Holding 4

What Happens At Ultrasound Appointments

Are you pregnant for the first time and dreading your first ultrasound appointment? Here is exactly what you can expect.

In my experience, ultrasounds are one of the best things about pregnancy. You might only have one, or may require several during your pregnancy.

“Generally a pregnant woman will be advised about the different ultrasound scans during pregnancy, and it becomes her choice as to which scans she has,” says Associate Professor Janet Vaughan, sub-specialist in obstetric and gynaecological ultrasound and spokesperson from RANZCOG.

“Australian sonographers follow formal protocols for each different type of scan.”

Here are the three ultrasounds most women have during their pregnancy:

Dating Ultrasound (usually done between six to 12 weeks)

A dating ultrasound measures your baby to determine the gestational age, and can also detect an ectopic pregnancy (one that develops outside the uterus).

Your baby’s heartbeat can be seen after six weeks, and your baby will seem like a tiny bean in the large space of your uterus. The dating ultrasound is important for people who aren’t sure when they fell pregnant (which I wasn’t) and will give you your official due date. I was given different due dates at each ultrasound, so try to remember it’s only an estimation.

Depending on how many weeks you are, you may have an external (transabdominal) ultrasound, where a device (called a transducer) is rolled over your pelvis, or an internal (transvaginal) ultrasound. Most pregnancies can’t be seen by external ultrasound before seven to eight weeks.

You’ll be advised to drink lots of water so the bladder pushes the uterus outwards, making it easier to get a good image. If not, the sonographer will switch to a vaginal ultrasound and have you empty your bladder. As it’s more invasive, you’ll be asked to sign a consent form before it begins.

Both external and internal ultrasounds are quite uncomfortable due to the pressure on your bladder. Dating ultrasounds are usually quite quick and not always necessary, but Janet says most women have an early scan. “The advantage of a dating scan is that the first 12 weeks of pregnancy is the most accurate time to date the pregnancy,” she says.

You’ll receive films to pass on to your midwife, obstetrician or GP, but not necessarily a photo. Some centres may charge extra for a photo CD.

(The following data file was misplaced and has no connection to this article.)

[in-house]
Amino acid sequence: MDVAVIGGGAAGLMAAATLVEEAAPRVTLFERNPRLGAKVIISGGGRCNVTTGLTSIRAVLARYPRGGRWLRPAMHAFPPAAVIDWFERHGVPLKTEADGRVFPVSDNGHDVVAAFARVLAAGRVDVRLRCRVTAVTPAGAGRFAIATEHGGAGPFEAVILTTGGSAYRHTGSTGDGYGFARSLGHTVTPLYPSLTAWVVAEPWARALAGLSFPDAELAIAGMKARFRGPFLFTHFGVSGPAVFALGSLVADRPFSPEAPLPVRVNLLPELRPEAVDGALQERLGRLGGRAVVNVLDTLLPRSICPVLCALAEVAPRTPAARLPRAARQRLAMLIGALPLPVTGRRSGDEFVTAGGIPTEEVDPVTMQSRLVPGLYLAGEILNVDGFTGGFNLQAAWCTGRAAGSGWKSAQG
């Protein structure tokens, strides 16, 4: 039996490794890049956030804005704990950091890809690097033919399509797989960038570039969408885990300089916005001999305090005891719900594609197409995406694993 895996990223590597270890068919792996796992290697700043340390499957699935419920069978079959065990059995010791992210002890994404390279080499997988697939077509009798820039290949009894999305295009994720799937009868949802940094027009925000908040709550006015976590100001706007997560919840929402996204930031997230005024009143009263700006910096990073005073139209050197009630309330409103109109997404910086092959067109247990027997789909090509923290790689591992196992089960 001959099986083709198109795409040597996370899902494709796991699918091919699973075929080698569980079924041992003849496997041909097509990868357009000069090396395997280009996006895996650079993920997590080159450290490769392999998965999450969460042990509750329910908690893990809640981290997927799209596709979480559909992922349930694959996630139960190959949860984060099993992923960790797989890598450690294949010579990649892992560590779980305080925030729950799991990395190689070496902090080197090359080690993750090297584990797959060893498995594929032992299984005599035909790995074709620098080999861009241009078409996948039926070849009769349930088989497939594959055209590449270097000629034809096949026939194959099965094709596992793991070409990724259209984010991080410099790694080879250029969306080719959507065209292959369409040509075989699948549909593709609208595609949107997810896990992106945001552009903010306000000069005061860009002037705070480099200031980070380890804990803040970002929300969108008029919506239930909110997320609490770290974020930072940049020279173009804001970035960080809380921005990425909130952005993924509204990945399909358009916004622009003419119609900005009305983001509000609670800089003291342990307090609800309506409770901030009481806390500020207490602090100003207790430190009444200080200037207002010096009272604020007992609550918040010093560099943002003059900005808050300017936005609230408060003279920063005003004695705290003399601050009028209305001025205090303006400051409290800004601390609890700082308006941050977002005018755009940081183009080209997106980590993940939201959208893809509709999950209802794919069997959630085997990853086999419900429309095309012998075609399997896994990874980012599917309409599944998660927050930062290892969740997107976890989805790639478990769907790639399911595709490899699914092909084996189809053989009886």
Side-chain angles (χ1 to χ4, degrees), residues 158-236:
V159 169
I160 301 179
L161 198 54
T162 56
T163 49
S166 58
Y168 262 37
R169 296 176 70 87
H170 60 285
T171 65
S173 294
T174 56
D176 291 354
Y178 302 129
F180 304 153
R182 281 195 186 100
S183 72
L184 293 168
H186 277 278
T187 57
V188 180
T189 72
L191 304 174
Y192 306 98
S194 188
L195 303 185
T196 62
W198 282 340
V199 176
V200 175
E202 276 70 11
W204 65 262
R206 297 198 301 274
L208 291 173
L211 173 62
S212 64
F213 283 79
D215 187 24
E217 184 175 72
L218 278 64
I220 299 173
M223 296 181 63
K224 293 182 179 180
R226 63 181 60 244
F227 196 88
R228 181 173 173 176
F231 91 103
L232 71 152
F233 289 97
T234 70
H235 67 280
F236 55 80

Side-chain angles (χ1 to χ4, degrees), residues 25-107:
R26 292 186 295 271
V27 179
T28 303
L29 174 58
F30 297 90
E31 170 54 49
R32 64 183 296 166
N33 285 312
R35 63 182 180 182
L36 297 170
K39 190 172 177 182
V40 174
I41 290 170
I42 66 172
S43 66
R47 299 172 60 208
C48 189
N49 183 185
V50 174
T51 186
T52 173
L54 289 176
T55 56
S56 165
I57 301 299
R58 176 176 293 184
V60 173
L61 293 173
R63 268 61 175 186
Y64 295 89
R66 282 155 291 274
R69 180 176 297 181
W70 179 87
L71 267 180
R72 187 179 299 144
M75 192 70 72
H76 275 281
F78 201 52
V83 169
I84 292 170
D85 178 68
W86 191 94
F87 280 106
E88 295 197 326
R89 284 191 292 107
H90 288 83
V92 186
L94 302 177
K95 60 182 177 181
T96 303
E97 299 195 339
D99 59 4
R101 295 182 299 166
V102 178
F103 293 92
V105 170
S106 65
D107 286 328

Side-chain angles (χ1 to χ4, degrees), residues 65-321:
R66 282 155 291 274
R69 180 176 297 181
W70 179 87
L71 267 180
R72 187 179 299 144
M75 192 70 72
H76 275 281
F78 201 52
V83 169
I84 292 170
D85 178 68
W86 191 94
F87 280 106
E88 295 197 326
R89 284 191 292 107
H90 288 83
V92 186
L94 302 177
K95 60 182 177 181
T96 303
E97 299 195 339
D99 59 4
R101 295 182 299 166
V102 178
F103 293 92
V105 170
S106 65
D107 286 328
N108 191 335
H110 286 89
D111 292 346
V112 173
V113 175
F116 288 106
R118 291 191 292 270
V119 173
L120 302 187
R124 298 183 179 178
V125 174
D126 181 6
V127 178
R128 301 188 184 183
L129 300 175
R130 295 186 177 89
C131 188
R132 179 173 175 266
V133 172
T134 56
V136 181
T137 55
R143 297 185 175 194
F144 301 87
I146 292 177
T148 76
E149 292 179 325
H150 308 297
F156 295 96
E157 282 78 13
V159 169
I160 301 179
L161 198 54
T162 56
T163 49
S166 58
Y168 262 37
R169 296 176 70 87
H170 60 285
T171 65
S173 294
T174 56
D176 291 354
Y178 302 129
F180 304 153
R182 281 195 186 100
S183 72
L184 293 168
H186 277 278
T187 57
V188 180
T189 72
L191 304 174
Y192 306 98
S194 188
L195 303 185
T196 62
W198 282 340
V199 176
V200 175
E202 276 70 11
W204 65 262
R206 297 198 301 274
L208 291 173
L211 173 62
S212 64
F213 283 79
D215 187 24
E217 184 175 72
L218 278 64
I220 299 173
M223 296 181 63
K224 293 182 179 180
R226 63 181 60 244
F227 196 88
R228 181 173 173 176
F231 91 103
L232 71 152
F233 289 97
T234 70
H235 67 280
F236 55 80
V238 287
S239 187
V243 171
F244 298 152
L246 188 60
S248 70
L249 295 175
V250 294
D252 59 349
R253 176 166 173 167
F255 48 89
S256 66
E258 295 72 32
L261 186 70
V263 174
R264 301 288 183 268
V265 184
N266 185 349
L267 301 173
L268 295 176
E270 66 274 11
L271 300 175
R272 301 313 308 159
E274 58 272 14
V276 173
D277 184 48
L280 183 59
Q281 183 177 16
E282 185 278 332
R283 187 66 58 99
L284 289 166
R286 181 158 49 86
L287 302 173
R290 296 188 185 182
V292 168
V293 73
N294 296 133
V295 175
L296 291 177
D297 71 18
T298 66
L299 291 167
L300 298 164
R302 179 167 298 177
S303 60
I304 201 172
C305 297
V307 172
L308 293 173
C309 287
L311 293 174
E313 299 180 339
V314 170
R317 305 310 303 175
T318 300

Nuchal Translucency Ultrasound (must be done between 11 and 13 weeks, six days)

If you choose to have this scan it needs to be done between 11 and 13 weeks to screen most accurately for any chromosome abnormalities, in conjunction with a blood test. There are some out-of-pocket costs associated with this scan, although a portion of it is covered by Medicare.

“In Australia, it’s recommended that all women be offered a nuchal translucency scan,” says Janet. “The advantage is that it gives the woman either reassurance that the pregnancy is low risk or choices if the pregnancy is high risk.”

The good news is, by this time external ultrasound is usually sufficient to see the baby, but the sonographer will still have to press down quite hard with the transducer to get a good picture. It’s tempting to not drink as much water as you’re advised, but if the bladder isn’t full the sonographer won’t be able to see as well.

It’s tempting to not drink as much water as you’re advised, but if the bladder isn’t full the sonographer won’t be able to see as well. This scan is definitely worthwhile, as by 12 to 13 weeks your baby looks much more like a baby. I could see my baby rolling and waving her arms. and was amazed by how much she was moving, because at that stage I couldn’t feel anything.

I could see my baby rolling and waving her arms.

I was amazed by how much she was moving, because at that stage I couldn’t feel anything.

Depending on your centre, there may or may not be a monitor visible to you. Even if you can see, it can be hard to know exactly what you’re looking at without the sonographer pointing things out.

Once the scan and blood test are done, you’ll be given your results as a probability. One in 1,000 or higher is considered low risk.

Anomaly Ultrasound (usually done between 18 to 20 weeks)

I saw this scan as the day I would find out my baby’s sex, but my sonographer had plenty of measurements to take before she could tell me. When she did, instead of the “It’s a…” announcement I had been expecting, it was a bit of an anticlimax when she said, “It looks like a girl, but I can’t be certain.”

“Finding out the gender isn’t regarded as essential diagnostic information,” says Janet.

“It’s possible to have a later scan to find out the sex if the mother wants, but she would still need to have a referral to an ultrasound provider and undergo a formal scan, so as not to miss any abnormalities or growth problems.”

This scan can take a long time. The sonographer will check the cervix, umbilical cord, amniotic fluid, and the position of the baby and its organs, spine, head size and the placenta’s location.

They might ask you to drink more water or move around to get the baby in a certain position so they can get all their measurements. It’s also not unusual to be asked to come back another day so they can see things better.

This scan can be the last one you have during your pregnancy. Some obstetricians may offer ultrasounds during check-ups at their practices, but from 20 weeks onwards, ultrasounds are only required to check on the health of the baby if complications arise, or if it’s a high-risk pregnancy.

It’s more common for Doppler ultrasound (sound with no picture) to be used during antenatal check-ups with the doctor, midwife or GP, to detect the baby’s heartbeat, which can be equally reassuring.


Words by Brooke Tasovac

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